In 2016, the water supply of 1630 households in Brussels were disconnected. 1630 families and individuals were deprived of a good that is necessary for their survival but also for their dignity. Since the access to water is not only a question of having enough to drink, but also a necessity for cooking and maintaining a good hygiene, its lack means we are dealing with social and economic exclusion.
The history of Brussels is very closely related to the issue of water. Its name, for instance, comes from Bruoc-sella, the contraction of the gaelic word bruoc (swamp) and the Latin word sella (dwelling). So is it not paradoxical to remove the inhabitants of a good that co-defines their identity? The decline in the supply of water for daily use in Brussels is not a recent problem. In 1856, the public water sources were removed in order to encourage residents to subscribe to the official water distribution network. The city wanted to raise their income but while the inhabitants of Brussels were gaining in comfort, they also lost their free access to water.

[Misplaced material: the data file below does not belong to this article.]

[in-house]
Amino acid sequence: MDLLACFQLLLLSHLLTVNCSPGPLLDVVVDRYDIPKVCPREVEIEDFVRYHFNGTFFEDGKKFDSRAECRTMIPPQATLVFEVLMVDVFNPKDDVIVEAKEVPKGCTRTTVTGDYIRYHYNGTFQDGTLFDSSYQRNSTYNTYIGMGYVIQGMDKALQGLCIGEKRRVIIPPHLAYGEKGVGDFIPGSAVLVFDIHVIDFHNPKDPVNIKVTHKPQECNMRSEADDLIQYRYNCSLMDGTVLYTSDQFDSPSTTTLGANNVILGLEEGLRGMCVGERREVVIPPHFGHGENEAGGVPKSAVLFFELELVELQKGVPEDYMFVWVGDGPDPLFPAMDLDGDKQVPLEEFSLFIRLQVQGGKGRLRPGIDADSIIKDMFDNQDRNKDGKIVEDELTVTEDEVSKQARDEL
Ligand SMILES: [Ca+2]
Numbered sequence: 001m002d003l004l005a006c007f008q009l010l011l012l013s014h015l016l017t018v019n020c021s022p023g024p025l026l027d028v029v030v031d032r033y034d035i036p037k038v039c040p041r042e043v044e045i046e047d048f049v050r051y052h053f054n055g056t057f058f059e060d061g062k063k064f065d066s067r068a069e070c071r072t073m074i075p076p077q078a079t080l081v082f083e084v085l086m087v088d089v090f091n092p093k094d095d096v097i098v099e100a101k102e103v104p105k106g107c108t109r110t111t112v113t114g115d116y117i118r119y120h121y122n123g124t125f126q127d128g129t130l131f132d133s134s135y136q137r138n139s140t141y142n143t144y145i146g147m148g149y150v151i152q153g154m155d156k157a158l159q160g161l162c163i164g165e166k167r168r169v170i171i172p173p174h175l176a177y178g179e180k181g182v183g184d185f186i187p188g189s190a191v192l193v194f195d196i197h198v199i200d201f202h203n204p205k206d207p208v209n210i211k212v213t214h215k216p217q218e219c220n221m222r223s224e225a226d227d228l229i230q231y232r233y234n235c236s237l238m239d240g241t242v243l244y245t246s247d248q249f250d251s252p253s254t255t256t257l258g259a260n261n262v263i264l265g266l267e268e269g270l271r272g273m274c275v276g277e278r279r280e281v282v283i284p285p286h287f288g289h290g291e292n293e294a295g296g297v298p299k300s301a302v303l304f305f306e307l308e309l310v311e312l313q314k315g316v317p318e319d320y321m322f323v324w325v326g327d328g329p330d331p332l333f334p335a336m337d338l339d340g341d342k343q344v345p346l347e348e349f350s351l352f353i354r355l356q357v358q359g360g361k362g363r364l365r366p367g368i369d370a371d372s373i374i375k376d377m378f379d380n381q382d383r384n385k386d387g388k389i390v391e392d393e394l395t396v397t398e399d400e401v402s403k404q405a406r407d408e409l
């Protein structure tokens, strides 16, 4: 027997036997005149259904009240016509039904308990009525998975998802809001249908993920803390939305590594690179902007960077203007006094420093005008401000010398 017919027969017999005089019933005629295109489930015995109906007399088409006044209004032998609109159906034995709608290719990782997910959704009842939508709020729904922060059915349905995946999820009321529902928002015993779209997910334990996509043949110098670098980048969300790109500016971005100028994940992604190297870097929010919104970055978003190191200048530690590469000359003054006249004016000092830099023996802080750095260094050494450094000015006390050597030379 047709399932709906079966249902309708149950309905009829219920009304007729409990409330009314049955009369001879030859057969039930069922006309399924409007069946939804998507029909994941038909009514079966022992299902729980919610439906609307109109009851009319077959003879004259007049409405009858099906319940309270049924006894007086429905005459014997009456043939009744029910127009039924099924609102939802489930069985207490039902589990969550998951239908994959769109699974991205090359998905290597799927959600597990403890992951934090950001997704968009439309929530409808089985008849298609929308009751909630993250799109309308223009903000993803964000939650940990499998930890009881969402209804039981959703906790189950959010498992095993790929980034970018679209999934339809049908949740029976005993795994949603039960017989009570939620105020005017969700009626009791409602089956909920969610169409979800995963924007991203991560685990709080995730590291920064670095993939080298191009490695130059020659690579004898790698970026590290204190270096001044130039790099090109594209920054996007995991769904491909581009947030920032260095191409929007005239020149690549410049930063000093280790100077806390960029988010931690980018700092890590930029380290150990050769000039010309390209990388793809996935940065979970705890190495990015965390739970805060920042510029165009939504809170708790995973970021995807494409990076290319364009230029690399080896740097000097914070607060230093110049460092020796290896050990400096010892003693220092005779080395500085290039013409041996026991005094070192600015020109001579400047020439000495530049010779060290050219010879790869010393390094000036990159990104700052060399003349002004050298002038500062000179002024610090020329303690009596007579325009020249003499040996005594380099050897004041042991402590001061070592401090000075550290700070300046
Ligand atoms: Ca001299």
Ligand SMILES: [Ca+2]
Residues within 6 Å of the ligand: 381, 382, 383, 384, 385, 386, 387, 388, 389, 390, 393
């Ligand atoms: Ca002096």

Today, although they are still present, most of the urban fountains are no longer functioning. Their replacement by the vending machines of private multinationals has turned the vital need of water, of which the community is no longer conscious, into a merchant property. But one thing is certain, it is time to give the water back to the inhabitants of Brussels, and no longer to Manneken Pis.
To learn more about water in Brussels, we invite you to consult the informative and critical videos and articles beneath.